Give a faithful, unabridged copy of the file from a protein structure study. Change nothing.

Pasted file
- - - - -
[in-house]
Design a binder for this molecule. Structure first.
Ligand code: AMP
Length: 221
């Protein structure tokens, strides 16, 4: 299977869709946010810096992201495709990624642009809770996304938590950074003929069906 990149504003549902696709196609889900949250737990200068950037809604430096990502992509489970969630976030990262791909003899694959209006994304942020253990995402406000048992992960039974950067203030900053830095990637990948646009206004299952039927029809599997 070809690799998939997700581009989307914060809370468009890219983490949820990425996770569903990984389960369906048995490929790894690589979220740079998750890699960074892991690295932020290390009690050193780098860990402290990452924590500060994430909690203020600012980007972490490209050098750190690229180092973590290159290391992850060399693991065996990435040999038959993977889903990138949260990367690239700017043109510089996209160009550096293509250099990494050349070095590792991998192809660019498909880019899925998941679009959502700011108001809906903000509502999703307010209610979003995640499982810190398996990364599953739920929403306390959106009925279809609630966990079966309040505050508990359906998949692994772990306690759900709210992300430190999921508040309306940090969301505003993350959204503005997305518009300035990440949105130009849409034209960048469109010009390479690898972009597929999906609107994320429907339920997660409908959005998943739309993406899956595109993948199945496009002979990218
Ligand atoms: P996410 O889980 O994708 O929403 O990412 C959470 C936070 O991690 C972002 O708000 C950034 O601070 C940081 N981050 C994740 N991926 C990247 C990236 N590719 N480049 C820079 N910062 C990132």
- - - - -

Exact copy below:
[in-house]
Design a binder for this molecule. Structure first.
Ligand code: AMP
Length: 221
């Protein structure tokens, strides 16, 4: 299977869709946010810096992201495709990624642009809770996304938590950074003929069906 990149504003549902696709196609889900949250737990200068950037809604430096990502992509489970969630976030990262791909003899694959209006994304942020253990995402406000048992992960039974950067203030900053830095990637990948646009206004299952039927029809599997 070809690799998939997700581009989307914060809370468009890219983490949820990425996770569903990984389960369906048995490929790894690589979220740079998750890699960074892991690295932020290390009690050193780098860990402290990452924590500060994430909690203020600012980007972490490209050098750190690229180092973590290159290391992850060399693991065996990435040999038959993977889903990138949260990367690239700017043109510089996209160009550096293509250099990494050349070095590792991998192809660019498909880019899925998941679009959502700011108001809906903000509502999703307010209610979003995640499982810190398996990364599953739920929403306390959106009925279809609630966990079966309040505050508990359906998949692994772990306690759900709210992300430190999921508040309306940090969301505003993350959204503005997305518009300035990440949105130009849409034209960048469109010009390479690898972009597929999906609107994320429907339920997660409908959005998943739309993406899956595109993948199945496009002979990218
Ligand atoms: P996410 O889980 O994708 O929403 O990412 C959470 C936070 O991690 C972002 O708000 C950034 O601070 C940081 N981050 C994740 N991926 C990247 C990236 N590719 N480049 C820079 N910062 C990132």